Storm The Heavens supports our project, The Tumor Cell Hotel.  The overall idea was that curing DIPG will require removing DIPG tumor cells from the pons part of the brain.  It’s complicated to do this, because tumor cells interleave with normal cells.  Most other labs (and our lab) have tried finding an Achille’s heel that causes DIPG cells to die in place.  Immunotherapy would be another option (and there are hints this is a good approach from groups in Pittsburg, City of Hope and elsewhere).  The Tumor Cell Hotel supposes that we can get tumor cells to move out of the pons.  Like fly paper, we want tumor cells to ‘smell’ something good, move over to the bait, and then get trapped on sticky paper that has the good-smelling bait.

Here’s what we’ve done and know so far:

  • most of the ‘smell’ receptors that the scientific field has studied are expressed for some children’s tumors, but not all children’s tumor.  These receptors sense a bait that is floating free outside the cell.  We like receptor “E”, “C”, “P” and perhaps “A” because 70% of children’s DIPG tumors have at least one of these smell receptors.
  • the bait for receptors “E’, “C”, “P” and “A” are relatively safe to use, because DIPG tumor cells don’t grow when you add these baits.
  • we can get tumor cells to move to “E”, “A” and somewhat to ”C” baits. But tumor cell movement/attraction is slow (maybe 20% of cells move). Movement/attraction to “P” is better, but given our & other lab’s work on “P”, it might only get 2/3 of cells to move.  We want all cells moving  – and at 10 – 100 times the speed!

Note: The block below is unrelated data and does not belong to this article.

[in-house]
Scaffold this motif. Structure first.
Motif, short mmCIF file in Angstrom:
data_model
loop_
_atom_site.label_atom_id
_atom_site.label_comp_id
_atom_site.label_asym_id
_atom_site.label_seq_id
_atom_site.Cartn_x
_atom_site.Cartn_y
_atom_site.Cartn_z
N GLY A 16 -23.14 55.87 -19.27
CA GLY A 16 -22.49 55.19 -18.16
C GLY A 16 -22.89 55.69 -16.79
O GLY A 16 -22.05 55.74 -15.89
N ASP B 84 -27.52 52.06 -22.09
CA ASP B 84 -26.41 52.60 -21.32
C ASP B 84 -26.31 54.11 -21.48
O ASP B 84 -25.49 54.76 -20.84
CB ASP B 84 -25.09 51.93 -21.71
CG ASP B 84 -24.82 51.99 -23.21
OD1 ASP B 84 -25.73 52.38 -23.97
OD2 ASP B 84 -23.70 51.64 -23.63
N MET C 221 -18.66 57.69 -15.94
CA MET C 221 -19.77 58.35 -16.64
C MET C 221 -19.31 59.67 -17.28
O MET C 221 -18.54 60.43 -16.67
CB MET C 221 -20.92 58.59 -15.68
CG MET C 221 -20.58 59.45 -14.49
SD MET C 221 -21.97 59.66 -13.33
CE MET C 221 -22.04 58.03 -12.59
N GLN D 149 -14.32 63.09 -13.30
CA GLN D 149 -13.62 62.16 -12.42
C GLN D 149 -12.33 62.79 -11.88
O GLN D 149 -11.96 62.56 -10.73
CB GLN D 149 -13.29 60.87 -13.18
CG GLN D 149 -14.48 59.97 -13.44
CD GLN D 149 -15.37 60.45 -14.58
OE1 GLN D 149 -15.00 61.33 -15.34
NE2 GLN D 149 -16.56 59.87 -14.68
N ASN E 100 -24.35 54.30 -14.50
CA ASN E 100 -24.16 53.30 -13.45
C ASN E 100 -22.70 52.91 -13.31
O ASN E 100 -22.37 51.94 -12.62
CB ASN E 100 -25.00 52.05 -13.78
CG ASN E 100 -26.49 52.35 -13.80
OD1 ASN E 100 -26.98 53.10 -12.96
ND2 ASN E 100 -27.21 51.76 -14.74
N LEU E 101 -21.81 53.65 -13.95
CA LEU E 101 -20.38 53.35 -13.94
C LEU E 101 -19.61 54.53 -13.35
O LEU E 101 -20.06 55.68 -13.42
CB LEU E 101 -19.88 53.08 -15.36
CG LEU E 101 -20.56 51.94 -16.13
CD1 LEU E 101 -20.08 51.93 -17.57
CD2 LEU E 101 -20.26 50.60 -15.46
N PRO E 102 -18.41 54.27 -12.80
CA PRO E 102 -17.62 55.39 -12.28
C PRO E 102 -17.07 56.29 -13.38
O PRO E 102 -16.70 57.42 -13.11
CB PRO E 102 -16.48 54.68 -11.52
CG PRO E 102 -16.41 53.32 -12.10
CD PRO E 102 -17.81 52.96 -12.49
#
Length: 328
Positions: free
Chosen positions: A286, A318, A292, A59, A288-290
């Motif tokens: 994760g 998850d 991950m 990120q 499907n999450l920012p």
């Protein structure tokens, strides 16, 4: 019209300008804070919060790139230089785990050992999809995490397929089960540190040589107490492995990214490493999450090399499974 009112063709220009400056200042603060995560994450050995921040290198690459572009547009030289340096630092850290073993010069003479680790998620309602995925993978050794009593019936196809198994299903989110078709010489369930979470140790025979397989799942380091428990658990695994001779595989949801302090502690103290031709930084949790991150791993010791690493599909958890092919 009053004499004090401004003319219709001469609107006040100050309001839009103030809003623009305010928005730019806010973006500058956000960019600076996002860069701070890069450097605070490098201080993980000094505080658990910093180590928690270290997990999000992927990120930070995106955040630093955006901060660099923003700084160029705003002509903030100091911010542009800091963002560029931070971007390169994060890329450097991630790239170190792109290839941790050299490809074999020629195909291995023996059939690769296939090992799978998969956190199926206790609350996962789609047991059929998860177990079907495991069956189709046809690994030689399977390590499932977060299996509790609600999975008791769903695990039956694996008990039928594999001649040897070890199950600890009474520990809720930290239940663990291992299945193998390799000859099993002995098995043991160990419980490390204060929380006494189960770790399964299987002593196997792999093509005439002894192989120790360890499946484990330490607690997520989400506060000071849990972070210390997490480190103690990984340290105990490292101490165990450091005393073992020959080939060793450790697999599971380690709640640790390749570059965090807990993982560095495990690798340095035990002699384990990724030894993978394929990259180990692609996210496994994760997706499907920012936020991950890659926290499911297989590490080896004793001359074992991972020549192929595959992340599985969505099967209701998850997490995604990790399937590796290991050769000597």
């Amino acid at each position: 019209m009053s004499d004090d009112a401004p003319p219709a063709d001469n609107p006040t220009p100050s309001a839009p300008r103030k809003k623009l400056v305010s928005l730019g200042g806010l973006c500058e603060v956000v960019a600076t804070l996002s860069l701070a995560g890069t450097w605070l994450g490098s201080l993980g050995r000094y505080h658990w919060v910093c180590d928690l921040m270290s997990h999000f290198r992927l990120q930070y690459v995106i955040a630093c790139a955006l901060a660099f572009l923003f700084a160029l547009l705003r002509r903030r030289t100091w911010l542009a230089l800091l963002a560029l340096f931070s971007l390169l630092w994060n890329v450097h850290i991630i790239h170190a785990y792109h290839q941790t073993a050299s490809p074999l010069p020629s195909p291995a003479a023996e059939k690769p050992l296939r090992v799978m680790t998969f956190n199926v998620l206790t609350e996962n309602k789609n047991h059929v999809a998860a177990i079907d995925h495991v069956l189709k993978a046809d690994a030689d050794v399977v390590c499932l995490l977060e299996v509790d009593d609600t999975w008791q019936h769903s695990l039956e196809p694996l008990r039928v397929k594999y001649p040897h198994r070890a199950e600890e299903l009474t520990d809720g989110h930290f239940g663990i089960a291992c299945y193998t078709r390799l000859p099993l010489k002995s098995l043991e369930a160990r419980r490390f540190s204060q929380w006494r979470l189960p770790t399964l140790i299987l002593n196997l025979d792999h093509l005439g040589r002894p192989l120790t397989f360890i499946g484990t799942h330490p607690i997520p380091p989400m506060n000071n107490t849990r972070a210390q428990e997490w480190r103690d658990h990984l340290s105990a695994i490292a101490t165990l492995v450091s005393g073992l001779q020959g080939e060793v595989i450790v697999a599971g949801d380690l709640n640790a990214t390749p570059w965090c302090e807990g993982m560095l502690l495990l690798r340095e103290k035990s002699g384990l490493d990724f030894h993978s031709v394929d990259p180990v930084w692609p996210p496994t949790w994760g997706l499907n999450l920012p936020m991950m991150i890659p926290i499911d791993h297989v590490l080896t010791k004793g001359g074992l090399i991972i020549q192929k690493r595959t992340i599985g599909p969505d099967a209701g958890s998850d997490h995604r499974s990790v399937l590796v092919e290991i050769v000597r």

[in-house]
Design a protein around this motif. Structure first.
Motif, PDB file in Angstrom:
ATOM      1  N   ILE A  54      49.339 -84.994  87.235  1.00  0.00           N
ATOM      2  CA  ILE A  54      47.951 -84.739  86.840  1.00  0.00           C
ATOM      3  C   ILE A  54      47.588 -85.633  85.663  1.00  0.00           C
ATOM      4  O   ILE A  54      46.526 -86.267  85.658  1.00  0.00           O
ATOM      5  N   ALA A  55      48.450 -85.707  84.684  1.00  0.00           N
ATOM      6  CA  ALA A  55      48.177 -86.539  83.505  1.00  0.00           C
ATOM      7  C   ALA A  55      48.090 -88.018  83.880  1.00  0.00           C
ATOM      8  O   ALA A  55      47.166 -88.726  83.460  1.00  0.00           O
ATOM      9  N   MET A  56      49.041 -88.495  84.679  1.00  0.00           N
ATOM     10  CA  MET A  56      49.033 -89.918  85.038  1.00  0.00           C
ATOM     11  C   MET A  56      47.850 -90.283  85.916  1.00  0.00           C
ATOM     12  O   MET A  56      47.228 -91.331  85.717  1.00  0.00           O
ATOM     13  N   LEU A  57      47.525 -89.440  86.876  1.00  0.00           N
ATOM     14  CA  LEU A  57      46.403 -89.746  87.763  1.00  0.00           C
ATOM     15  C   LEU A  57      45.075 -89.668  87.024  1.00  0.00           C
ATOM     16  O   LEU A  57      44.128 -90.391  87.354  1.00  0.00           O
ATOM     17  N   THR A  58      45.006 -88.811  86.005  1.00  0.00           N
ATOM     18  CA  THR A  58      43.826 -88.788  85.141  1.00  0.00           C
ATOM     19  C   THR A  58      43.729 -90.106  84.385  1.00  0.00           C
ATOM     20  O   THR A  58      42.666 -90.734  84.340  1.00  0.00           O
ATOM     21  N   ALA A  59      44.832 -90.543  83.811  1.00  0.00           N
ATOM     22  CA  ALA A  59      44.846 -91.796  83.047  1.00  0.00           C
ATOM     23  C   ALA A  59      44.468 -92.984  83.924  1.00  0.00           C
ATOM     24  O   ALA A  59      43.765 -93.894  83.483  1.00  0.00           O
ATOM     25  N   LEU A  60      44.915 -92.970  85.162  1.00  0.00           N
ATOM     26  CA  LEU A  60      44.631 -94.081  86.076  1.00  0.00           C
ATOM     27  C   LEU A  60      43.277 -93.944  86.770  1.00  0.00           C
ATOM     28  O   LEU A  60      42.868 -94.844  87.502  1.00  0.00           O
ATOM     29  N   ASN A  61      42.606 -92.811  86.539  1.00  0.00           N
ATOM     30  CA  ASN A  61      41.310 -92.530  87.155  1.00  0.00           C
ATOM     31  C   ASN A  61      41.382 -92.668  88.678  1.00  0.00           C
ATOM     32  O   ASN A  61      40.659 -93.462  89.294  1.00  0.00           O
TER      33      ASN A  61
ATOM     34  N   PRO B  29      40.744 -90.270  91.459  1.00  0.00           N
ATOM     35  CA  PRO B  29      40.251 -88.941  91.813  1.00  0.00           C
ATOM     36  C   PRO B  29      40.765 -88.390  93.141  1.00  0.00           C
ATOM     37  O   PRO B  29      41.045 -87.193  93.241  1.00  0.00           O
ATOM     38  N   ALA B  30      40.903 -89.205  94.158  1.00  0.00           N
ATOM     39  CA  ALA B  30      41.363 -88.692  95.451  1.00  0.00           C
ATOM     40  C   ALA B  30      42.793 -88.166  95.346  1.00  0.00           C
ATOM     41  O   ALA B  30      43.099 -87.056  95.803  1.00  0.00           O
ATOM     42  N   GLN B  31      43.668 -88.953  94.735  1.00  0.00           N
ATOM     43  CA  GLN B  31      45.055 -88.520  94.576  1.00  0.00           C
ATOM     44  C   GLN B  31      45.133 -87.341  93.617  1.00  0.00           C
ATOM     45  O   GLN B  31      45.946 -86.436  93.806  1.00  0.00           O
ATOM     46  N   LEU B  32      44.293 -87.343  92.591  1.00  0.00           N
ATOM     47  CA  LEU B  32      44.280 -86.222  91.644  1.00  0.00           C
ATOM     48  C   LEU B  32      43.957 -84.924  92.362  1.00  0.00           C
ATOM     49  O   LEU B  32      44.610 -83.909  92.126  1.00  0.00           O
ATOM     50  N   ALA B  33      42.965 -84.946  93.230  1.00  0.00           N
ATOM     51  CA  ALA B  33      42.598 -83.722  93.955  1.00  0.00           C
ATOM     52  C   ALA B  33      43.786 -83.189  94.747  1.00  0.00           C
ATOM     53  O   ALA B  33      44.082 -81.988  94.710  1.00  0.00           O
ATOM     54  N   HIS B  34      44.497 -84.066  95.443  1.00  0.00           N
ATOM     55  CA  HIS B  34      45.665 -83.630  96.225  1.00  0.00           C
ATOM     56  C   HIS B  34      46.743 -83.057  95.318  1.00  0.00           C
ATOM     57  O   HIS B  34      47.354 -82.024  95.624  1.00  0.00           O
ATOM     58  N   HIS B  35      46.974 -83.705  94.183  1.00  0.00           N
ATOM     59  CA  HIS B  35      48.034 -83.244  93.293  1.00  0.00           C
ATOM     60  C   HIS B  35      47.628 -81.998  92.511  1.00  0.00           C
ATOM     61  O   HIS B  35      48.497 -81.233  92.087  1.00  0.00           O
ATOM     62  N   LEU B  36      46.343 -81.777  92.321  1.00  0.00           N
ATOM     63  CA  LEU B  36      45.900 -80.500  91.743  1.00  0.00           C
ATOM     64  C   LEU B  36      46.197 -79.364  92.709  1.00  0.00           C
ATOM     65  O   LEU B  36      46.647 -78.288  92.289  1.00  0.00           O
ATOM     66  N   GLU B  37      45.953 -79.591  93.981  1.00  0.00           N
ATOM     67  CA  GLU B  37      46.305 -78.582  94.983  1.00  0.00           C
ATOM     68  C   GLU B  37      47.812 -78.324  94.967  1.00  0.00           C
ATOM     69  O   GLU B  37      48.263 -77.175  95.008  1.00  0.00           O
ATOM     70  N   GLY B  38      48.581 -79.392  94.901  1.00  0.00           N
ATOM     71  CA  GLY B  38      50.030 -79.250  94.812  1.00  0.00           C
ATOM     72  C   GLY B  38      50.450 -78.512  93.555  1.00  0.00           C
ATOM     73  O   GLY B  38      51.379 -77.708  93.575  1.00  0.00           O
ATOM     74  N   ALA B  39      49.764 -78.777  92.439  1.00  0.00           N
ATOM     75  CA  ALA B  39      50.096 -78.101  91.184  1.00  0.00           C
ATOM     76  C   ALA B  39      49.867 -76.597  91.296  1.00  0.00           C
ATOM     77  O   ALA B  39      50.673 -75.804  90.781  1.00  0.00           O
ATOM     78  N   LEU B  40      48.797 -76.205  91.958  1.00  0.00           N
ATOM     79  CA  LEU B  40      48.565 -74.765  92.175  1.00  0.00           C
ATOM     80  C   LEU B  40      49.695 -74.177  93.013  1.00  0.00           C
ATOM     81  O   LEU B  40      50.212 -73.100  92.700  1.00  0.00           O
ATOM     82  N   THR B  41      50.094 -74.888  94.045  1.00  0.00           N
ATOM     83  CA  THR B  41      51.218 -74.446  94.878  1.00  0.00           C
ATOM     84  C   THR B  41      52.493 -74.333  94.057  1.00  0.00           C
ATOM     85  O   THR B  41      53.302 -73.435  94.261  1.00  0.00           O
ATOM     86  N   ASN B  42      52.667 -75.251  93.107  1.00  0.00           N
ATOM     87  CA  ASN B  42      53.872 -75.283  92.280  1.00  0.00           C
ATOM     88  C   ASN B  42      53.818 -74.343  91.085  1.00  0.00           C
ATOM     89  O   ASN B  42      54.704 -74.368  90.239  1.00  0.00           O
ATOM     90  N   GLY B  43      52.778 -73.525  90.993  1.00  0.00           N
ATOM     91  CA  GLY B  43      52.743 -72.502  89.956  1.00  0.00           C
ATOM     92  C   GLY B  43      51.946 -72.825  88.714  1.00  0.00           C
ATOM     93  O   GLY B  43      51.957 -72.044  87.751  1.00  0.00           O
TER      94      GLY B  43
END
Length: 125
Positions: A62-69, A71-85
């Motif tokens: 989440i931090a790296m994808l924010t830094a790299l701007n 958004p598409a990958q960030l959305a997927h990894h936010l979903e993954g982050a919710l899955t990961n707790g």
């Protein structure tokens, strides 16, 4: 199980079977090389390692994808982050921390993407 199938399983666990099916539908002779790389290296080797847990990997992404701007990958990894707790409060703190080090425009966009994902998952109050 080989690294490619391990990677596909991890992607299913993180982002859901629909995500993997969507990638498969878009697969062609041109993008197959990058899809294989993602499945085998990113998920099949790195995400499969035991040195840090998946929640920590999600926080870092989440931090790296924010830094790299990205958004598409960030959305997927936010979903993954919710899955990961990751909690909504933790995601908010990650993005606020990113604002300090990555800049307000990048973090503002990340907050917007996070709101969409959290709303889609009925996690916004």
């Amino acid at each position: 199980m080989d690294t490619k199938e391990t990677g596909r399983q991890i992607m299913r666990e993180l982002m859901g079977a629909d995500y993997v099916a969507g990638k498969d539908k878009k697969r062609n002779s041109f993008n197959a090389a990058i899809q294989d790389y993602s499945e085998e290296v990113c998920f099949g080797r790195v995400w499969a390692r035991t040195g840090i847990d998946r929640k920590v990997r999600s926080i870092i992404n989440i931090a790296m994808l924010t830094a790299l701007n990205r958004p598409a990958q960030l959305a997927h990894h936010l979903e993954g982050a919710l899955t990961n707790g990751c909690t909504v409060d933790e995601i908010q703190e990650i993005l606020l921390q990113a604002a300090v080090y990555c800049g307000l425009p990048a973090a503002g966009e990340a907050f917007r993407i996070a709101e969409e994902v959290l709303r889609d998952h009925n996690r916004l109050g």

Here’s what’s important to know about DIPG research:

  • like every other lab studying DIPG, we spend a lot of time growing DIPG tumor cells in between experiments.  DIPG tumors take a long time to form and grow in children (that’s why it seems like a slow-motion tragedy happening).  In the same way and for the same reasons, it takes a relatively long time to grow DIPG tumor cells in petri dishes.  We have a dozen or more cell lines from different children growing at any given time … all that TLC with petri dishes takes time.

Here’s where science gets interesting:

  • the basic principles of a bait and sticky trap are still fine, but we need to up our game to find a super-bait. No one knows of a super-bait.  We’re going to discover one!
  • it’s relatively easy to order up dozens or hundreds of baits to test.  But we have to be a little smart about our experiments, because DIPG cells grow *so* slowly that it takes weeks to be ready for one experiment.  If we had a test system for movement/attraction that took fewer cells, our experiments could test more baits and results would happen more quickly.  The solution? we’re building a special microfluidics system for testing cell movement/attraction that uses tiny levels of fluid and tumor cells to test dozens if not hundreds of baits at a time.  This is a different microfluidics system that you saw in our videos this summer, but it works on the same principles.
  • we are also branching out on what we call a “bait”.  We’ve decided that the bait doesn’t need to mimic only free-floating substances … we’re using ways to take “anchored-down” baits found in connective tissue and make free-floating versions that we can add to our sticky paper.  This approach  really opened new doors for us:  we found a “smell receptor” that seems to be on all DIPG cell lines we’ve tested.  More about this alternative approach in the weeks and months to come.